Page:Southern Historical Society Papers volume 36.djvu/248

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Southern Historical Society Papers.

The Confederate government was aware of its inability to properly care for prisoners, and made every effort possible to turn them over to the Federal government, so that they could care for them, but they refused continually and finally General Grant put his positive veto upon the exchange of prisoners upon the grounds that if they were exchanged they would have to fight them. That is the greatest monument that I know of to the Confederate soldier; that they could not whip them in the field and the only way to conquer them would be to starve them to death.

The Federal prisoners got the same rations that the Confederate soldiers in the field received; the only difference being that the prisoners got their's regularly, while the soldiers in service frequently failed.

Another unavoidable hardship and one that caused many deaths in Southern prisons was that, except in Virginia and Tennessee, the South raised no wheat, and after 1862, the wheat growing section of these States was lost to the Confederacy. Hence, as corn was our only staple for bread, all were glad to get cornbread, a diet that the Northern man was unused to, and a less healthy bread in hot weather than wheat bread.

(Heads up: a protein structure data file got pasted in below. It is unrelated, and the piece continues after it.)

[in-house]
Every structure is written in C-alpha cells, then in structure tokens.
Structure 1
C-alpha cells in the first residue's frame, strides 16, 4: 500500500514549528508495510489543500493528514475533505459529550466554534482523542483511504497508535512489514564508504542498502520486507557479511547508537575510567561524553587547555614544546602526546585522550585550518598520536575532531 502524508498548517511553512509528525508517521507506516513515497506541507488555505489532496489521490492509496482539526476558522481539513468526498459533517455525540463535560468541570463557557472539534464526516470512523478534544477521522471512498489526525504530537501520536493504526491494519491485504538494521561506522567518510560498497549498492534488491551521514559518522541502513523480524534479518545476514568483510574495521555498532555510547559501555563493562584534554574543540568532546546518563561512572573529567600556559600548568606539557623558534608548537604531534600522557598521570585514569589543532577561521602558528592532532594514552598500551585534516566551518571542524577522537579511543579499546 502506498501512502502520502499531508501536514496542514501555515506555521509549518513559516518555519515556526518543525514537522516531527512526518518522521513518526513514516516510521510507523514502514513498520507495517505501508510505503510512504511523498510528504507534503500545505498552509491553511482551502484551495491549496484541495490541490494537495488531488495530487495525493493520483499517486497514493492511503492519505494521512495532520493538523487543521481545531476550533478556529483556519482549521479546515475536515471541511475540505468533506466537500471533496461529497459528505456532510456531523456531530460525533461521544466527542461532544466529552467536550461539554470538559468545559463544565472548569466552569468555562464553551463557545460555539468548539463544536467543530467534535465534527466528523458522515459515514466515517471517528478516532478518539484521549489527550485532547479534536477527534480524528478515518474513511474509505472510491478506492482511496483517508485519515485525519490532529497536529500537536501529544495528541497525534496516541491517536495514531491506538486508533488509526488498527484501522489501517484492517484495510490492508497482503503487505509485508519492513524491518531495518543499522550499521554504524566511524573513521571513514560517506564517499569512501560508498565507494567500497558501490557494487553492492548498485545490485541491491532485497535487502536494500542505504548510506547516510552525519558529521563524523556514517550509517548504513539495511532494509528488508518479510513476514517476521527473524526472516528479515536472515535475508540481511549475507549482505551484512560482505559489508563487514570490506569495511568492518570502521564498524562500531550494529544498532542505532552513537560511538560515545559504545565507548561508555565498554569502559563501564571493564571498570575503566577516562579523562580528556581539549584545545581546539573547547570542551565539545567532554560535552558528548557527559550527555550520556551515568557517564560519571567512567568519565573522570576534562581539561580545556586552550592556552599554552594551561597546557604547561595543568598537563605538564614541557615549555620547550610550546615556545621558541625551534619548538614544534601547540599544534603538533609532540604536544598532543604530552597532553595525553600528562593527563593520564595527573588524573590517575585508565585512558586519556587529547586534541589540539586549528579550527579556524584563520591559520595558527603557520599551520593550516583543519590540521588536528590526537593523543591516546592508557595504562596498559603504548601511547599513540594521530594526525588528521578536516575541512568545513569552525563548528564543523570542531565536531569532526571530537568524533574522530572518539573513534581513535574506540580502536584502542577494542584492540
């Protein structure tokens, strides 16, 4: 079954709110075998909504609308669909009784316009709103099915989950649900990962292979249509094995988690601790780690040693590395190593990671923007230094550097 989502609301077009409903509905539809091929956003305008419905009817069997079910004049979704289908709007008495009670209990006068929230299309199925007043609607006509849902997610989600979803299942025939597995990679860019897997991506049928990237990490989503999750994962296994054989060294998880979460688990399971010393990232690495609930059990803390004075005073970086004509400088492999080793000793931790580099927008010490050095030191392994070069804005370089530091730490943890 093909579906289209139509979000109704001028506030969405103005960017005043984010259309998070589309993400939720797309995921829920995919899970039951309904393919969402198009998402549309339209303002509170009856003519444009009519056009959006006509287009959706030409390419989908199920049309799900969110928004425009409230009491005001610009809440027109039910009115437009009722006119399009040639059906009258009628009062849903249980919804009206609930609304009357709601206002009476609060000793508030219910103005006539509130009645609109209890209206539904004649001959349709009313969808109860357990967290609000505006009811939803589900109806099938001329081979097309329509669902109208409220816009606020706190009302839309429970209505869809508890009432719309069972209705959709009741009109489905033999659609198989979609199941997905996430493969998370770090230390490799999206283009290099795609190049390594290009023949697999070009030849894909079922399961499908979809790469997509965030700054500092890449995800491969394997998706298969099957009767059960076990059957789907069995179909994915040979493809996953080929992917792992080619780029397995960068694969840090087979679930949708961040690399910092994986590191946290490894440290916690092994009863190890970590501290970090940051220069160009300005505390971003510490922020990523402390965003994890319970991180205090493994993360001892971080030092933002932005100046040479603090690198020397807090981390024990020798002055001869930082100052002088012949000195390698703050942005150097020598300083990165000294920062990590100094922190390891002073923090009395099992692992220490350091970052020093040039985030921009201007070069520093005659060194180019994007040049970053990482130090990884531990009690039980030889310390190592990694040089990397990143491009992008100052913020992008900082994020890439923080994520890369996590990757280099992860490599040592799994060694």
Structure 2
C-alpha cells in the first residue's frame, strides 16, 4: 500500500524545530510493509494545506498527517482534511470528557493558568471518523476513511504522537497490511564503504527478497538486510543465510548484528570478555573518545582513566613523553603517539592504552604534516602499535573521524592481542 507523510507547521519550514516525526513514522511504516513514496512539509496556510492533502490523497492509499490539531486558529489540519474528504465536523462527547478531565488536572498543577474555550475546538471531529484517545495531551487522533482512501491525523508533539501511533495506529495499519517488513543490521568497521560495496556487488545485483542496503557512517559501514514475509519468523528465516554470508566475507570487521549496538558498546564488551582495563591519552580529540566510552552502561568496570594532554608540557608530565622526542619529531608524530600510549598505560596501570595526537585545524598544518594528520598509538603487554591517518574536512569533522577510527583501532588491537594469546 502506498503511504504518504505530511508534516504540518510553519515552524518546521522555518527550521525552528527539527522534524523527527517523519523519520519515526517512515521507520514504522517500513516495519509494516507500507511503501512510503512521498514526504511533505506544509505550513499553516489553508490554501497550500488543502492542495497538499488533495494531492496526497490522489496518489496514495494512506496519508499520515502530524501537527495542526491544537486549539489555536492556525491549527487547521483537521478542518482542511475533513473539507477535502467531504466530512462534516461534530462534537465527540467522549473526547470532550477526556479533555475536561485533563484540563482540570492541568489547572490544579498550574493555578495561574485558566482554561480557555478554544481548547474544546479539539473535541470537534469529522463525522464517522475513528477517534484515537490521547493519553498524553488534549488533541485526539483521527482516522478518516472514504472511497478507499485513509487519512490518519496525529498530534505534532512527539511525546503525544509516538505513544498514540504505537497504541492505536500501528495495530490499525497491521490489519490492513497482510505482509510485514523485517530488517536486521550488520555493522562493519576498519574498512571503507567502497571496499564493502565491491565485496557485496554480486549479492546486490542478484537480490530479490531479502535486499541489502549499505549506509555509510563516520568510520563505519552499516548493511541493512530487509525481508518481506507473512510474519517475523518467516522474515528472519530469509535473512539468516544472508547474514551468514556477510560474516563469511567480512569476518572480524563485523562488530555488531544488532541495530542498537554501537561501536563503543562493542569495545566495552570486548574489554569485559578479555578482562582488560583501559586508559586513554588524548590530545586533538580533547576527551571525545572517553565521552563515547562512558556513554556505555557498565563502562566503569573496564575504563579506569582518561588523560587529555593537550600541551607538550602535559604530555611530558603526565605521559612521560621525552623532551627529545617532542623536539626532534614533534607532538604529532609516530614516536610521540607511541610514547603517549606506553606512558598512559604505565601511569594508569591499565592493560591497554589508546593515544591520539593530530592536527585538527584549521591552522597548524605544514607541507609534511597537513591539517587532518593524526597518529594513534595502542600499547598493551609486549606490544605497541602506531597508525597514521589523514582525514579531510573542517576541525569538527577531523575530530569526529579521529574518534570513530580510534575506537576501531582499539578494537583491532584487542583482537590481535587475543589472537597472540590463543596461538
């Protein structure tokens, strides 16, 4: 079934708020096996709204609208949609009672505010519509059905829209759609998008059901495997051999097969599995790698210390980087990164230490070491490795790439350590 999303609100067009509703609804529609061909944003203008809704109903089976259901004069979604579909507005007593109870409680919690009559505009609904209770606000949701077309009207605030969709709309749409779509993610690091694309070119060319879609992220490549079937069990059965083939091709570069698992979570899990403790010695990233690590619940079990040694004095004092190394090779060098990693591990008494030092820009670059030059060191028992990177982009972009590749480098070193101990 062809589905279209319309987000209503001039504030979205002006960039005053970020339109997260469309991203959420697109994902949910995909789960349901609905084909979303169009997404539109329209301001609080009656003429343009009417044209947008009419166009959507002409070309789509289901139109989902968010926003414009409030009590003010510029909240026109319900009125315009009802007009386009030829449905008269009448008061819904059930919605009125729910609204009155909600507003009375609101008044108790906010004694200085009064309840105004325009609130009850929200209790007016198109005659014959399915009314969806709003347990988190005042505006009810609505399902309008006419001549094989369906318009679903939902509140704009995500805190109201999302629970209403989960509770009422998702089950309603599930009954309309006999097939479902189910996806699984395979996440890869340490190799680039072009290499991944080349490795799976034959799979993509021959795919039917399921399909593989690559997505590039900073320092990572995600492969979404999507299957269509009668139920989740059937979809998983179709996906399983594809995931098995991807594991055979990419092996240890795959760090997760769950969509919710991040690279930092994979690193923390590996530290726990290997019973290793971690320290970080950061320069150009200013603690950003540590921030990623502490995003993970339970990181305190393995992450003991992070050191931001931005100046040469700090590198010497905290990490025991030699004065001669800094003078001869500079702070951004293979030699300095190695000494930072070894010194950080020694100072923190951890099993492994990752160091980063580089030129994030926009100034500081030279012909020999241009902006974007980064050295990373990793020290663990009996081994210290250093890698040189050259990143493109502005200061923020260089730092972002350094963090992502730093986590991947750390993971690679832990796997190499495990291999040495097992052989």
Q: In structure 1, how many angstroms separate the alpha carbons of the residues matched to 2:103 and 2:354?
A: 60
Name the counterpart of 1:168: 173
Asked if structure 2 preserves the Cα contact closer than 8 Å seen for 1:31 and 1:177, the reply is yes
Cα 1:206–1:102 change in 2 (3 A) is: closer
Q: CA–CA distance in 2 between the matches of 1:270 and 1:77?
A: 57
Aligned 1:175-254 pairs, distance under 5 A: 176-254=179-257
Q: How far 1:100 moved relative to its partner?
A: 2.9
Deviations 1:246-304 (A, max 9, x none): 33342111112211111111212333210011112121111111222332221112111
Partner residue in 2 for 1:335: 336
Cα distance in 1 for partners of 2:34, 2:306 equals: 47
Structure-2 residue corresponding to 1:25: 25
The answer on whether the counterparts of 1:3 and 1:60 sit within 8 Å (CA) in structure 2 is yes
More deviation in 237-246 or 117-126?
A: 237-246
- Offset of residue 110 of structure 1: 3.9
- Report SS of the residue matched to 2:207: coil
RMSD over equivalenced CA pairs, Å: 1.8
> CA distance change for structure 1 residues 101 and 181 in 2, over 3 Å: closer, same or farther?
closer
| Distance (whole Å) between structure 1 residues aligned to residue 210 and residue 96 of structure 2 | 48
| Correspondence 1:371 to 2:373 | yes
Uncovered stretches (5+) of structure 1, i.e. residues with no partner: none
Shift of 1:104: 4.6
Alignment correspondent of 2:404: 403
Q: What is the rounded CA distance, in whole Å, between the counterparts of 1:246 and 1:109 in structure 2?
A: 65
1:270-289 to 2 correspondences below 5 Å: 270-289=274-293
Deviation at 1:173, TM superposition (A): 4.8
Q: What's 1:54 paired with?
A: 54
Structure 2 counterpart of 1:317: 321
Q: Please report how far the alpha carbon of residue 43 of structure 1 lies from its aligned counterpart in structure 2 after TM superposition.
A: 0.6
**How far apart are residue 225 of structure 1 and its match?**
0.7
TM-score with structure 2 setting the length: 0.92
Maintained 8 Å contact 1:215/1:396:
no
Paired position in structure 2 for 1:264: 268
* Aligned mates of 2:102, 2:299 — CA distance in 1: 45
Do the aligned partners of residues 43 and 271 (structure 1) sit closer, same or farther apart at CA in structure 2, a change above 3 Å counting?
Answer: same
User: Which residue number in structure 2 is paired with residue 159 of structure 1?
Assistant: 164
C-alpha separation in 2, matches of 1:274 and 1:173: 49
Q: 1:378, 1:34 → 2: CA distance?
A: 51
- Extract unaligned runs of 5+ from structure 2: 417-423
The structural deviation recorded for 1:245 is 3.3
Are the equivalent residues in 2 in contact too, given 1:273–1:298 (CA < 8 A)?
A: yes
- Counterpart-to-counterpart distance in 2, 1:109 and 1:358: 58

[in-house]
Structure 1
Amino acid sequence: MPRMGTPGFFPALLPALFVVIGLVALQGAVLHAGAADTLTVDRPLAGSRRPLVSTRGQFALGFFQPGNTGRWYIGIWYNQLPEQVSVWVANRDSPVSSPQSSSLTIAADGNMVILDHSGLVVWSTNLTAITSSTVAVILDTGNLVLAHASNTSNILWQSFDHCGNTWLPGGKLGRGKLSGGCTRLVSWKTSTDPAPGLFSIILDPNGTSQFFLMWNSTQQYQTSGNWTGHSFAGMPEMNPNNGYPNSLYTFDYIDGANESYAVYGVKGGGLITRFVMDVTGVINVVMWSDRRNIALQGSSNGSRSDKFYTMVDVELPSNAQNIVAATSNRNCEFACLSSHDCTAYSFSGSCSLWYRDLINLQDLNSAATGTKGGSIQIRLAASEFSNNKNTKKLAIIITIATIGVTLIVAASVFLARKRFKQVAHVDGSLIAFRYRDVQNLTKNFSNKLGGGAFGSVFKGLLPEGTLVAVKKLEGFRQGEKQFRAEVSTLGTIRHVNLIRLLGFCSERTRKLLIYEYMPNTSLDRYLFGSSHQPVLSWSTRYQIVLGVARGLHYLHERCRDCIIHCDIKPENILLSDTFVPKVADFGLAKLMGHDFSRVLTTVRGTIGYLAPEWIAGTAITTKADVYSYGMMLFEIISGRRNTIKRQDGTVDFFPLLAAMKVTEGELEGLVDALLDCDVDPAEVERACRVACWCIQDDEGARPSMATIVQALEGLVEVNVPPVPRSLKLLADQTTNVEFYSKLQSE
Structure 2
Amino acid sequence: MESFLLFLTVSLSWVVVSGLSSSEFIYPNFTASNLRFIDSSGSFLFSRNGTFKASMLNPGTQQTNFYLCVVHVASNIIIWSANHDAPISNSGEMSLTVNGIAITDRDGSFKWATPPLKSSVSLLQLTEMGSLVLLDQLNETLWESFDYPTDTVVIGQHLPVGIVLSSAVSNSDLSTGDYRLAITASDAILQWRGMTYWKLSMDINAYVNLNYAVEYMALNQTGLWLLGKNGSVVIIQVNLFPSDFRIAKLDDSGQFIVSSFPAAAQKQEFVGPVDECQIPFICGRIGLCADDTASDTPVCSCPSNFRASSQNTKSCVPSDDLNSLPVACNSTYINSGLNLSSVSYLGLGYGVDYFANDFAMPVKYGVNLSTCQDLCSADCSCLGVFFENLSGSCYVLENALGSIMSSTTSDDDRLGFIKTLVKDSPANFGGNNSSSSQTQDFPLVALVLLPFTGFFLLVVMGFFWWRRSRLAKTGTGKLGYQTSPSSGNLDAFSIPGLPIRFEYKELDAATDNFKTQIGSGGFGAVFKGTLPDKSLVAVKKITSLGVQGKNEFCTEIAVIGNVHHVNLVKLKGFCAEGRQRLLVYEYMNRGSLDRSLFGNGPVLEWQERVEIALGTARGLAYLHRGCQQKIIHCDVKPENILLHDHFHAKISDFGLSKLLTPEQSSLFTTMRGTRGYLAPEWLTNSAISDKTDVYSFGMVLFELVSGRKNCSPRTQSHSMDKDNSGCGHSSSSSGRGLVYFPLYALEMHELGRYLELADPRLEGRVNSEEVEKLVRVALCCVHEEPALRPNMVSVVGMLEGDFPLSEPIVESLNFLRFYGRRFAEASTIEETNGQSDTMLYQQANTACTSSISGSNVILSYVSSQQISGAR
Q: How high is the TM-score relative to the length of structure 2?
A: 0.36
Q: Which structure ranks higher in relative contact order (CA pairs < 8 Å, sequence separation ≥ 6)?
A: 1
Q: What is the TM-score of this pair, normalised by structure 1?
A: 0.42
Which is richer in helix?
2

Your armies had burned our mills, destroyed our crops, both growing and gathered. Sheridan wrote Grant that a "crow passing through the Valley of Virginia would have to carry a haversack." Sheridan also said that "nothing should be left the people but eyes to lament the war." How then, Corporal, could we treat our prisoners "more humanely" with our eyes running great creeks of tears.

Sherman said "war is hell," and he made it so, and I charge the Federal government with deliberately starving and freezing to death Confederate prisoners. It was in their power to feed, clothe and shelter these men, but they gave them insufficient, and in some cases rotten cornmeal, when plenty of good, wholesome food could be had, and when remonstrated with, informed the prisoners that they were giving them the same diet that the South was giving the Northern prisoners; and Corporal Tanner says our soldiers were half-starved, and hence we could only half-feed our prisoners.